Pinkster, Harm (1942-) [1990], Latin Syntax and Semantics [info], xii, 320 p.: ill.; 24 cm. [word count] [Pinkster].
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7.4. Discussion of some individual constructions

This section deals with a number of the constructions mentioned in crosssection 7.2. and crosssection 7.3: first of all, in crosssection 7.4.1 a number of criteria which serve to distinguish embedded predications functioning as arguments and embedded predications functioning as satellites. In crosssection 7.4.2 I discuss the differences between the AcI and the construction consisting of accusative + prolative infinitive. In crosssection 7.4.3 I deal with predicates which allow both constructions. crosssection 7.4.4 concerns the interchangeability of the infinitive construction and ut-clauses. In crosssection 7.4.5 I discuss the Nominativus cum Infinitivo (NcI), and in crosssection 7.4.6 the so-called Accusativus cum Participio (AcP). In crosssection 7.4.7 the Dominant participle construction is treated. In crosssection 7.4.8 I recapitulate a number of restrictions on embedded predications.

7.4.1 Criteria to distinguish between arguments and satellites

A number of grammars, e.g. K.–St. (II. 272; 208; 232), make a distinction between final (i.e. Purpose) `noun clauses', i.e. arguments, and final `adverb clauses', i.e. satellites. Examples are (73) and (74), respectively:

(73) quod me ut scribam aliquid hortaris (`As to the fact that you incite me to write something', Cic. Att. 2.12.3)

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(74) maiores nostri ab aratro adduxerunt Cincinnatum illum ut dictator esset (`Our forefathers got the famous C. from behind the plough in order that he become dictator', Cic. Fin. 2.12)

Other, largely historically oriented grammars such as Sz. do not make the distinction noun clauses: adverb clauses, but simply speak of `Purpose clauses'. The equation or combined treatment of constructions of this kind has several causes.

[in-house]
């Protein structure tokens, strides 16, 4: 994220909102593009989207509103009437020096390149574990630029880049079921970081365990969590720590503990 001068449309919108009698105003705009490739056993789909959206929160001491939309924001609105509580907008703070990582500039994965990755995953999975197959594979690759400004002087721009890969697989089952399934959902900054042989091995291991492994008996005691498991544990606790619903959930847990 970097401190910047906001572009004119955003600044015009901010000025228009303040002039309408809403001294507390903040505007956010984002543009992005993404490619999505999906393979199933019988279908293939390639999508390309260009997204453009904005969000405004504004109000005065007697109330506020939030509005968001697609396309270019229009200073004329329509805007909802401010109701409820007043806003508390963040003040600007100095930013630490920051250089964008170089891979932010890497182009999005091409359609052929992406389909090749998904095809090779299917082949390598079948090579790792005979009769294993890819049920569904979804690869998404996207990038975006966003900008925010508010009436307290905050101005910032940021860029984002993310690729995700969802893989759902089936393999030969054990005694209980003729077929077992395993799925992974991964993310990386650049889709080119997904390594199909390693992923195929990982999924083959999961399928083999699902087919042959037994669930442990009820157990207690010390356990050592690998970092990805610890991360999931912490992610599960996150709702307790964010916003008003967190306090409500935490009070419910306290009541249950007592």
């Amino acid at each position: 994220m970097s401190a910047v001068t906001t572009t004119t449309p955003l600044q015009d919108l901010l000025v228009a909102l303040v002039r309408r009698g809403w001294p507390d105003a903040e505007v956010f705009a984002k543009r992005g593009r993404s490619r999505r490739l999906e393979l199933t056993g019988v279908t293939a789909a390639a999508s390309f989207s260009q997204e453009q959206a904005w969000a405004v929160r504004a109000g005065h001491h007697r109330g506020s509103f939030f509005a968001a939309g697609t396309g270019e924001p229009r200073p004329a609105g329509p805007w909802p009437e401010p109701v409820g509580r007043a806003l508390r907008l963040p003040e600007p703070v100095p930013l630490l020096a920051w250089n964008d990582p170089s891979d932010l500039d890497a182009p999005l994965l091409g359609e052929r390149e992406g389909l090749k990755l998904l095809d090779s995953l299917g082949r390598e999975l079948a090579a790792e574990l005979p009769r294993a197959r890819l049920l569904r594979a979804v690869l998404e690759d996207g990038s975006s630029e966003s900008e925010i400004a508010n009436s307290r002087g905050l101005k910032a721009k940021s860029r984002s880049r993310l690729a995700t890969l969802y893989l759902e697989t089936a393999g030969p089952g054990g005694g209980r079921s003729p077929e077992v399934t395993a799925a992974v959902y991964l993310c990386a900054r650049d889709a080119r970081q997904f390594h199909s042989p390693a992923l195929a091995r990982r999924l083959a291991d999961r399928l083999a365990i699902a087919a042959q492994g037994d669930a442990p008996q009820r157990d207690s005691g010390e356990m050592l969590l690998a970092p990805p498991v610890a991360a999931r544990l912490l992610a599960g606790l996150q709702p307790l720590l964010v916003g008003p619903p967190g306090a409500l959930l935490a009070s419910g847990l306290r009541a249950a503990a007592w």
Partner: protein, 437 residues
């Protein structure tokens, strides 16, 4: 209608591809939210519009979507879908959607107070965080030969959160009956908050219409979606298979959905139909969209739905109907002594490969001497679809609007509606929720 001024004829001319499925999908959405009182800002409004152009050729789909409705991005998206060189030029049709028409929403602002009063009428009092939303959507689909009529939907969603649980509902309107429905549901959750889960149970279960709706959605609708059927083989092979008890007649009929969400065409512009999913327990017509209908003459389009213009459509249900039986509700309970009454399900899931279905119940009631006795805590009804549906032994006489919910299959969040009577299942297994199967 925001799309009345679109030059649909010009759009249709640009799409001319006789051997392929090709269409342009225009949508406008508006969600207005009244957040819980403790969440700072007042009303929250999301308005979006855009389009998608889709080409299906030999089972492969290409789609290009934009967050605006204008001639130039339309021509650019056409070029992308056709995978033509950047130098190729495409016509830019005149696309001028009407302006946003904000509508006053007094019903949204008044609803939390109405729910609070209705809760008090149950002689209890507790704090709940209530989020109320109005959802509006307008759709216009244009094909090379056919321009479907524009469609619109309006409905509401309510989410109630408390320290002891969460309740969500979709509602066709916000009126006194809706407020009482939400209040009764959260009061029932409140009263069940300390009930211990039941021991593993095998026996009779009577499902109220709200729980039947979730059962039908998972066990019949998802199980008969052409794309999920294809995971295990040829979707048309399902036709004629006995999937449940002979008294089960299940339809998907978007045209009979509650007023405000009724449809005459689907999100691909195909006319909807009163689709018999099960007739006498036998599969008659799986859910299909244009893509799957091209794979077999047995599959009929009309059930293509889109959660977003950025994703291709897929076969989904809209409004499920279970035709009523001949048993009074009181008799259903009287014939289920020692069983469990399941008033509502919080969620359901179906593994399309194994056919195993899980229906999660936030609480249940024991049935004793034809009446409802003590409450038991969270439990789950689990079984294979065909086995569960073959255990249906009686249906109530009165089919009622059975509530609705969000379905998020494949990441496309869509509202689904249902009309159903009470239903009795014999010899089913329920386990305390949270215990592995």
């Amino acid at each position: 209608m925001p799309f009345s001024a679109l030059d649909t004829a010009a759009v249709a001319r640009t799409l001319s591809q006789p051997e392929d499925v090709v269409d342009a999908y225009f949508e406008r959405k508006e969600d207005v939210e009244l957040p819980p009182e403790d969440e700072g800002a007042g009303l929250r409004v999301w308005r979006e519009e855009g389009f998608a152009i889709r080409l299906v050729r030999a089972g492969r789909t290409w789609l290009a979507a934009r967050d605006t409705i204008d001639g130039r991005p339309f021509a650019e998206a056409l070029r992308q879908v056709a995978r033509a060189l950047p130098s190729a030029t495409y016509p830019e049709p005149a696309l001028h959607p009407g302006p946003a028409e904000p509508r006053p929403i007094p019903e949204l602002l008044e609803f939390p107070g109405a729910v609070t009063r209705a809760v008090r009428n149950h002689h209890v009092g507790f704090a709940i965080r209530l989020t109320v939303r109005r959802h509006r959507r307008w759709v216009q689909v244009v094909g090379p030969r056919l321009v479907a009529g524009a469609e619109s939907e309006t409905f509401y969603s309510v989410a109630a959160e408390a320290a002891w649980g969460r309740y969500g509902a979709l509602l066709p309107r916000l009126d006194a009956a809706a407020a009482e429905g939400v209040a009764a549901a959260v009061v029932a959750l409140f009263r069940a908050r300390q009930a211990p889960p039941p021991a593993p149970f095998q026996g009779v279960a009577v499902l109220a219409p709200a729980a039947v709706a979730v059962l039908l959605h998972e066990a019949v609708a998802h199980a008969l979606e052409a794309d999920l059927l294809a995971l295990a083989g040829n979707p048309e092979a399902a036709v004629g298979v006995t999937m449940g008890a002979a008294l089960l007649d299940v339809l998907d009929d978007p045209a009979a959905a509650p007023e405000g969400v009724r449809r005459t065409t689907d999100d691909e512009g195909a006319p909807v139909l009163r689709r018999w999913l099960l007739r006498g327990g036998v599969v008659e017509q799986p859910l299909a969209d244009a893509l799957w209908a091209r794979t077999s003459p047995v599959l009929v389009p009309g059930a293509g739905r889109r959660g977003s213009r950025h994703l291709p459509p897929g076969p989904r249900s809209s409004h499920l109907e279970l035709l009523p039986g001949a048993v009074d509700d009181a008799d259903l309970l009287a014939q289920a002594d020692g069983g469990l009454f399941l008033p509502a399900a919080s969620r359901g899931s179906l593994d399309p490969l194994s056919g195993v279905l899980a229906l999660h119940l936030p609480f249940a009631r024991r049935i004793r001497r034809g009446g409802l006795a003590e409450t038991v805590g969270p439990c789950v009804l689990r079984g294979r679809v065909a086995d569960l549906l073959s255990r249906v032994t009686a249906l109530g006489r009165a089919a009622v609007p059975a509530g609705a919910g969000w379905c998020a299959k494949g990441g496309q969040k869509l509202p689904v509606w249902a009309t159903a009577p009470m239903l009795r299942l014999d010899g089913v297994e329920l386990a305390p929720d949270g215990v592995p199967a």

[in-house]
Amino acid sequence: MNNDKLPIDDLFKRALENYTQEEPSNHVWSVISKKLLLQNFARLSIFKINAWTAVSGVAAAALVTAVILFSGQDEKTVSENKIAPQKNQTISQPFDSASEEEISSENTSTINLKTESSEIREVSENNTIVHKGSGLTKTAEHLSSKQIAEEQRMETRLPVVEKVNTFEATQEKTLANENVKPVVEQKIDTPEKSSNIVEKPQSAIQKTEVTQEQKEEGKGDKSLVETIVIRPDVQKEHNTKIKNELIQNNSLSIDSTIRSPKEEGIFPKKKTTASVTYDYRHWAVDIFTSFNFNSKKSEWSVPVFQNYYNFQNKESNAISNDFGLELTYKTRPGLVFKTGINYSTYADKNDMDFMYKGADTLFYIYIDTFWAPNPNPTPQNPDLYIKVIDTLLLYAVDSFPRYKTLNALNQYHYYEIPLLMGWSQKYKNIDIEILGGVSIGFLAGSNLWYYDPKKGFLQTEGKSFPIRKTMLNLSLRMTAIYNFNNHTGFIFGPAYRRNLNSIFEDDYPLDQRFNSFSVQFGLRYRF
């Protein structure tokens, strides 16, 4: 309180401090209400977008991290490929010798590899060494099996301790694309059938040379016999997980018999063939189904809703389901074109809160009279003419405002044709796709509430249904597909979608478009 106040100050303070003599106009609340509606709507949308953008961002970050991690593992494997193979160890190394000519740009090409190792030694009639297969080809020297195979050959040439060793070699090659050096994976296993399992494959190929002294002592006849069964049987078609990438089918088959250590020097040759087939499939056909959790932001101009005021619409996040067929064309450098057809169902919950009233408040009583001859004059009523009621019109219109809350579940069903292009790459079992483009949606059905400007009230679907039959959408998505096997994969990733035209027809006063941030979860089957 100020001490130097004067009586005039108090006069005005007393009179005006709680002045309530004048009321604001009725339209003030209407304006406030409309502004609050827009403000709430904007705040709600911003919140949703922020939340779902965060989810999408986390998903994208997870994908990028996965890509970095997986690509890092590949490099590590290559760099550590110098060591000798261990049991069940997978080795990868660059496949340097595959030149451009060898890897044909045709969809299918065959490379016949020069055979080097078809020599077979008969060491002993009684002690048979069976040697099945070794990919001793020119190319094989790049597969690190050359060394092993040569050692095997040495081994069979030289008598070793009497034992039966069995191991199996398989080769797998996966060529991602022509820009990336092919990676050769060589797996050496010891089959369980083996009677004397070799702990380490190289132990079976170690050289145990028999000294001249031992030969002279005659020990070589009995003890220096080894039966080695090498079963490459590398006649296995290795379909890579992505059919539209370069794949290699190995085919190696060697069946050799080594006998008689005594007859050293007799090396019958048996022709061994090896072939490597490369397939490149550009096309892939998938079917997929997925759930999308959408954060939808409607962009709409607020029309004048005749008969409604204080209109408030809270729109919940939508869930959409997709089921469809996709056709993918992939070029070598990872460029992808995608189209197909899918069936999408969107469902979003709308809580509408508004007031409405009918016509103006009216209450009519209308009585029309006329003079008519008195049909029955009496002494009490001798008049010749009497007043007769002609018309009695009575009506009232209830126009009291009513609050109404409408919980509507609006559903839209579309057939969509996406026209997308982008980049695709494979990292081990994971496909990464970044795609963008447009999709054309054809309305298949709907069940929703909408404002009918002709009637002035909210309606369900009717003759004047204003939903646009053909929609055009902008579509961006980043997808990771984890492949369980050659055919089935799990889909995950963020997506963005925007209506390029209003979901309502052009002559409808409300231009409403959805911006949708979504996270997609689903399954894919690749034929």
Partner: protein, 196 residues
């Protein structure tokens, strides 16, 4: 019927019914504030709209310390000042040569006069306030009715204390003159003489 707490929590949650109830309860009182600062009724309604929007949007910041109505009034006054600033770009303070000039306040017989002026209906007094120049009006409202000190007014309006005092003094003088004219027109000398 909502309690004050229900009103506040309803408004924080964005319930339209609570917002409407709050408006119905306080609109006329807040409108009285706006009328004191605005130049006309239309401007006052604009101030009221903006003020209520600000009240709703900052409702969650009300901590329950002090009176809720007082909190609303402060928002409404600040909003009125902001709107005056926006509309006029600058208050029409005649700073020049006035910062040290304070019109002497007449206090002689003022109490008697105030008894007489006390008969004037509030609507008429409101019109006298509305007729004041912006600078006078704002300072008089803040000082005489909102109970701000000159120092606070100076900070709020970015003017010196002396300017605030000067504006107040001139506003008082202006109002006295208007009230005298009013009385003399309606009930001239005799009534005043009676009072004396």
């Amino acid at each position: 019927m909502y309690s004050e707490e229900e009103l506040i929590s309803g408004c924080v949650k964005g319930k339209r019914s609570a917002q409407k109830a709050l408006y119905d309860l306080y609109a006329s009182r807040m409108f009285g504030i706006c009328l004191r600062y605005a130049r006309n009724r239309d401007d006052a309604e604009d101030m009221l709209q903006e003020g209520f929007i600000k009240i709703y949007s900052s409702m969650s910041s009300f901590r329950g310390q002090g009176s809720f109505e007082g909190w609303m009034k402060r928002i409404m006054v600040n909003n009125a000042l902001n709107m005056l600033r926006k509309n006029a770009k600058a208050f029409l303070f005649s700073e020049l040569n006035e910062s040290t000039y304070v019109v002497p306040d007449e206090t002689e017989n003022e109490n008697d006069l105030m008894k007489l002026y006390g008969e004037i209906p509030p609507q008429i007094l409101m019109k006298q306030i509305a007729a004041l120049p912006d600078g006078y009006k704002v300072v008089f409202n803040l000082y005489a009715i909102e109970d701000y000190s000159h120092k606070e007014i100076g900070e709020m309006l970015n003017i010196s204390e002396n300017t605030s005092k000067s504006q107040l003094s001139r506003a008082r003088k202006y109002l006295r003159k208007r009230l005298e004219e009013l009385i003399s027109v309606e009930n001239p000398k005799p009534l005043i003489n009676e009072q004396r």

(a) Formal similarities

There is a formal similarity between the two types of embedded predication, in spite of their different functions in the sentence and the fact that they are not semantically equivalent. The Complement clause introduced by ut in (73) does not represent the purpose of the exhortation, but its content. In (74), on the other hand, the ut-clause does indicate the Purpose of the state of affairs of the main predication.

(b) Nominal equivalents

Some constructions occurring with the predicate hortari are adduced to prove that the Complement of hortari in fact fulfils the semantic function Purpose, e.g. (75):

(75) ipsum tamen Pompeium separatim ad concordiam hortabor (`Yet, I will encourage P. himself separately to adopt a concordant attitude', Cic. Att. 7.3.5)

In many grammars we do not find a clear distinction between the use of prepositions to mark obligatory constituents and their use to mark satellites. As a result, instances like (75) are interpreted as Purpose Adjunct, on the basis of the presence of the so-called `final' ad. (For `final' ad in satellites see examples (64) and (66) above). In reality, ad concordiam in (75) indicates the content of the exhortation. There are also unequivocal instances, which impose the conclusion that the ut-clause with hortari is an argument and fulfils the syntactic function Complement. Examples are:

(76) sin tu, quod te iam dudum hortor, exieris (`If, as I have been encouraging you to do for a long time, you have gone away', Cic. Catil. 1.12)

(77) equidem pacem hortari non desino (`I do not stop urging for peace', Cic. Att. 7.14.3) [33]

(78) hortantibus dehinc quibusdam inediam et lenem exitum (`While some were offering the advice of a gradual death as a result of starvation', Tac. Ann. 11.3.2)